SMS To Text For Android Backs Up Your Messages As A Text File

Android: If your SMS messages are taking up too much space on your Android phone but you're not ready to give them up, SMS to Text is a free Android app that stores all of your text messages as a text file on your SD card for easy backup.

SMS to Text isn't the only utility that backs up your text messages, but it works well. You can sort messages by contact-so you can just download all of the text messages from your best friend or family, for example-or by date, incoming or outgoing, phone number, or you can just save them all. The messages are then written to a text file or a CSV, depending on which you select, and it's saved to your phone's SD card.

SMS to Text is completely free and available in the Android App Market now. Do you back up your SMS messages, or just delete them when they take up too much space? Let us know in the comments below.

SMS to Text [Android App Market via SMS to Text Facebook Page]


    SMS Backup+

    Backs your SMSes up to your GMail account under a nice new folder called 'SMS' (user definable).

    Another cool feature is it can also log your call history - even inserting them into a calendar within your Google Calendar (at the correct date/time and includes info such as duration, whether ingoing/outgoing). I personally choose to not show this calendar in my web or app calendar views but it's great to have behind the scenes as a permanent record.

      SMS Backup+ is meh. I find it unreliable, and from memory, it doesn't have a built in scheduler (though it does feature Tasker integration - though that's thanks to Tasker's dev). Plus, I have enough crap in gmail, without stuffing SMSes in there too.

      I've been using SMS Backup & Restore. Keeps backups on the SD card, has a reliable scheduler, and a small footprint.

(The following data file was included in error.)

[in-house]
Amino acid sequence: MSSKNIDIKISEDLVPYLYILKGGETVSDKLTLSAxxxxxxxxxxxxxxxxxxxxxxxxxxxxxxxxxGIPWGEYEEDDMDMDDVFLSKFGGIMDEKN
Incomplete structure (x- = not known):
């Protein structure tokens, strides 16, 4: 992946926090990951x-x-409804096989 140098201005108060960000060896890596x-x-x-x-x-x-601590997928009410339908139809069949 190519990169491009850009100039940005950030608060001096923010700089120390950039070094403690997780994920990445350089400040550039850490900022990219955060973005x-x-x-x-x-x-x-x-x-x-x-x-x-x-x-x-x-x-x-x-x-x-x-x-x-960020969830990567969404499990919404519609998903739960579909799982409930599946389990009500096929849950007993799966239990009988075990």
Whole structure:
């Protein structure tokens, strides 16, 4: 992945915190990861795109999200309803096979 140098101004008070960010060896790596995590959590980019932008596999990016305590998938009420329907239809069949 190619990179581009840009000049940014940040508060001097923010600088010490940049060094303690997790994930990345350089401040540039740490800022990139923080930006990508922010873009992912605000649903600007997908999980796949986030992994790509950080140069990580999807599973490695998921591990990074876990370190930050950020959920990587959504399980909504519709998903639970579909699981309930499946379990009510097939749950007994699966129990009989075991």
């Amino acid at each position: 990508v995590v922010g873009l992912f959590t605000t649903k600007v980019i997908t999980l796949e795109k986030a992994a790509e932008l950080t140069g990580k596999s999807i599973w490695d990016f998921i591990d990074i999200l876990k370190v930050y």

Judging by your comments, you haven't used it at all. Pretty much every statement you just made is absolutely incorrect.

        1. It does have a built-in scheduler. Triggered both by 'x' minutes after an SMS is received, and by 'y' hours duration.
        2. "Tasker integration" is using intents, which is provided by and supported by SMS Backup+
        3. It doesnt 'stuff SMS' in your Gmail, it tags them as "SMS" (or whatever you choose to tag them) and thus in a separate folder to your incoming email anyway

        I have SMS Backup+ running on an i7500 (Samsung's first Android device) which has all of 128MB of RAM and a 500Mhz old-skool processor. It has 3700 hours of uptime running the site my name links to, and SMS Backup+ has performed flawlessly the entire time. If it can run on that, it can run on anything. It also runs on my Huawei U8800, Huawei U8150, Galaxy S (with around 15,000 SMS... urgh) and Motorola Defy too.

        Storing your backups on the SD card is fine if all youre doing is flashing ROMs, and changing devices. But what if you lose your phone? Backing up to the cloud offers many more advantages.

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